The teaching of these cases indicates that since Miranda, we have a dual test in determining the admissibility of inculpatory statements by a criminal defendant. First, we ascertain whether or not Miranda warnings are required and if so, whether they were properly given. Second, we determine whether the statement is voluntary and satisfies due process.

II. Miranda Warnings. In Miranda the Supreme Court mandated that during custodial interrogation, an accused be advised of certain constitutional rights. 384 U.S. at 444-45, 86 S. Ct. at 1612, 16 L. Ed. 2d at 706-07. A defendant may waive these rights, however, provided that the waiver is made voluntarily, knowingly and intelligently. Id.

A Miranda inquiry is not triggered, however, unless there is both custody and interrogation. Id.; see, e.g., State v. Brown, 341 N.W.2d 10, 16 (Iowa 1983); State v. Cook, 330 N.W.2d 306, 312 (Iowa 1983); State v. Kyseth, 240 N.W.2d 671, 673 (Iowa 1976). In Kyseth we adopted the Miranda Court's definition of custodial interrogation as the "questioning initiated by law enforcement officers after a person has been taken into custody or otherwise deprived of his freedom in any way." 240 N.W.2d at 673 (quoting Miranda 384 U.S. at 444, 86 S. Ct. at 1612, 16 L.Ed.2d at 706).

On the record before us, we find that Davis was not in custody while he was interrogated by the deputy sheriff. The atmosphere during the defendant's interview was not coercive or threatening nor was his freedom restrained. In fact, the trial court found that the atmosphere was "most pleasant." He was not deprived of his freedom in any way. He was not placed under arrest and was interviewed in his home. While he was a suspect, this status does not trigger the requirement of Miranda warnings. Oregon v. Mathiason, 429 U.S. 492, 495, 97 S. Ct. 711, 714, 50 L. Ed. 2d 714, 719 (1977). The harm that Miranda was to eradicate was the "incommunicado interrogation ... in a police dominated atmosphere." State v. McDonald, 190 N.W.2d 402, 404 (Iowa 1971). The ultimate inquiry is whether there is an arrest or a restraint on freedom of movement of a degree associated with an arrest. Mathiason, 429 U.S. at 495, 97 S. Ct. at 713-14, 50 L. Ed. 2d at 719. In both McDonald and Cook, the defendant was interviewed at home, and no custody was found. McDonald, 190 N.W.2d at 404; Cook, 330 N.W.2d at 312. Therefore, we conclude there was no requirement that the Miranda warnings be given. Because Miranda is not implicated, it is not necessary for us to analyze whether the defendant's waiver of those rights was made voluntarily, knowingly and intelligently.

III. Voluntariness. Our second inquiry addresses the issue of voluntariness. In prior cases we have noted the difference between voluntary waivers of Miranda rights and voluntary statements. State v. Hodges, 326 N.W.2d 345, 347 (Iowa 1982); State v. Snethen, 245 N.W.2d 308, 311 (Iowa 1976); State v. Hilpipre, 242 N.W.2d 306, 309 (Iowa 1976). We have noted that they are separate issues. Snethen, 245 N.W.2d at 311.

Even if there had been the need to effectively waive defendant's Miranda rights, the State must still prove that the accused's subsequent incriminatory statements were voluntarily given. Hilpipre, *789 242 N.W.2d at 309. We cited Schneckloth v. Bustamonte, 412 U.S. 218, 223-26, 93 S. Ct. 2041, 2045-47, 36 L. Ed. 2d 854, 860-62 (1973), for the proposition that the inculpatory statements must be the product of a "rational and free will" in order to be admitted into evidence. Id.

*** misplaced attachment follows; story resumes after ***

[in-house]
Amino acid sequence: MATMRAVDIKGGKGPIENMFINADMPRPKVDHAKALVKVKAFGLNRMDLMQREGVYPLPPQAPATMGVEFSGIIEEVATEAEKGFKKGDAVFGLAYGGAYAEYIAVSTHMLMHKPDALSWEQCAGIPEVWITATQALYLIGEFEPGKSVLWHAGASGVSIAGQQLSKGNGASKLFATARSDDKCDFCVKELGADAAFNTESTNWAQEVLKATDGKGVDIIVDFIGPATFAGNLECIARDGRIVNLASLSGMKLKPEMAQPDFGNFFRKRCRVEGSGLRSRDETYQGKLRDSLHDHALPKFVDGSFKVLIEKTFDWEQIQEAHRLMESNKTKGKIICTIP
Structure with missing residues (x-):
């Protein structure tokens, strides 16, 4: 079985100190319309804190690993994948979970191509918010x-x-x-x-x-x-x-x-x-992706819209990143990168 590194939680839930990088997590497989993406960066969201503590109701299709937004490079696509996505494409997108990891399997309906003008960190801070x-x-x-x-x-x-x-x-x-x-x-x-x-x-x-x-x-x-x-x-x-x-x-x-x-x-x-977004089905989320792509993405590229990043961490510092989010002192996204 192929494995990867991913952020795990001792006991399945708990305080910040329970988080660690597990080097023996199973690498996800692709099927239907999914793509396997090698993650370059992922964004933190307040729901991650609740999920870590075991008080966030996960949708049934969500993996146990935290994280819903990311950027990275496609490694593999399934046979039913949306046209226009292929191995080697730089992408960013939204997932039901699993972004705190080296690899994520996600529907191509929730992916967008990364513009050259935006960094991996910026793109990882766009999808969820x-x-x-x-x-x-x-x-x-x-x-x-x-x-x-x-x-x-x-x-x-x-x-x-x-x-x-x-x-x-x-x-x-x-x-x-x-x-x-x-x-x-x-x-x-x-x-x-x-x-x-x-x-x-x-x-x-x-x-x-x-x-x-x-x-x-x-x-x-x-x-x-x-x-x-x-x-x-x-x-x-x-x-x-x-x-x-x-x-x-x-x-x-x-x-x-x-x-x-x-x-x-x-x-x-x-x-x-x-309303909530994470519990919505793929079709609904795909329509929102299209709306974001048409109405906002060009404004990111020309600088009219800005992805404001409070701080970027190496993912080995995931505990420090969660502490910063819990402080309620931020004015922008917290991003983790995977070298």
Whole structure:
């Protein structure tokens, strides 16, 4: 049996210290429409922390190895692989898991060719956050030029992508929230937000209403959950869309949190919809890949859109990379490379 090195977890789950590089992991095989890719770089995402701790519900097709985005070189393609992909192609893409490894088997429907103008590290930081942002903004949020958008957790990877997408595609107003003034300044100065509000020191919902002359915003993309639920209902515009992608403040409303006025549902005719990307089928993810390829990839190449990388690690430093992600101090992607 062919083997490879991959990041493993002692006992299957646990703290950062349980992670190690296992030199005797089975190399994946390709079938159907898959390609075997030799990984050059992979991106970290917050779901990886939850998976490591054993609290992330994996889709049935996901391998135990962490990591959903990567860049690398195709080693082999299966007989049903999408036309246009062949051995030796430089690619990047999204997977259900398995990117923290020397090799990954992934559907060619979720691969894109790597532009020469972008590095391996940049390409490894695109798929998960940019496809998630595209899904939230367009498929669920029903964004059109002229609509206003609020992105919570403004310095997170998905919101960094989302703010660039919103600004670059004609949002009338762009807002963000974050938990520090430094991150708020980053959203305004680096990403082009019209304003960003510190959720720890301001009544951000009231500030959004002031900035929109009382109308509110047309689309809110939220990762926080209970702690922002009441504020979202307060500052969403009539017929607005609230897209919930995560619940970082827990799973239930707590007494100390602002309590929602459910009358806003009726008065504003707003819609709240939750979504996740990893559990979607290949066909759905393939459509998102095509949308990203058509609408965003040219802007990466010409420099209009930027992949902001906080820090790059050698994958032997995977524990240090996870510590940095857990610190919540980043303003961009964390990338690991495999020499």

The district court held, however, that in order for a statement to be admissible, it must not only be voluntary, but knowingly and intelligently made. The defendant cites State v. Jacoby, 260 N.W.2d 828, 832 (Iowa 1977) and State v. Winfrey, 221 N.W.2d 269, 273 (Iowa 1974), as support for the district court's conclusion. A close analysis of the relevant cases demonstrates that while our court used the words cited by the district court, we clearly only analyzed whether the admissions were voluntary and not whether they were knowingly and intelligently made. See, e.g., State v. Davidson, 340 N.W.2d 770, 771-72 (Iowa 1983); Fryer v. State, 325 N.W.2d 400, 409 (Iowa 1982); State v. Holderness, 301 N.W.2d 733, 739 (Iowa 1981); Jacoby, 260 N.W.2d at 832-33; Winfrey, 221 N.W.2d at 273. In Schneckloth the Court stated that the notion of voluntariness cannot be taken literally to mean a "knowing" choice. 412 U.S. at 224, 93 S. Ct. at 2046, 36 L. Ed. 2d at 861.

With the sole exception of Jacoby, which concerned a challenge to the constitutionality of an admission based upon the defendant's emotional distress at the time, the other cases involved a claim by the defendant that he lacked the intelligence to knowingly and voluntarily confess. These are situations where the question of whether an admission was made knowingly becomes an integral part of the issue of voluntariness and becomes subsumed by it. We stated in Holderness:

Mental subnormality does not itself deprive the confession of voluntariness or bar its admission in evidence, so long as the subnormality does not deprive the person in question of the capacity to understand the meaning and effect of the confession. Id. at 739.

In its ruling the trial court relied heavily upon its determination that defendant reasonably believed that he was not under criminal investigation. Even if true, his ignorance or misconception as to his circumstances do not mar the voluntariness of his statements. The Supreme Court has stated that it has never "embraced the theory that a defendant's ignorance of the full consequences of his decisions vitiates their voluntariness." Elstad, 470 U.S. at 316, 105 S. Ct. at 1296, 84 L. Ed. 2d at 237.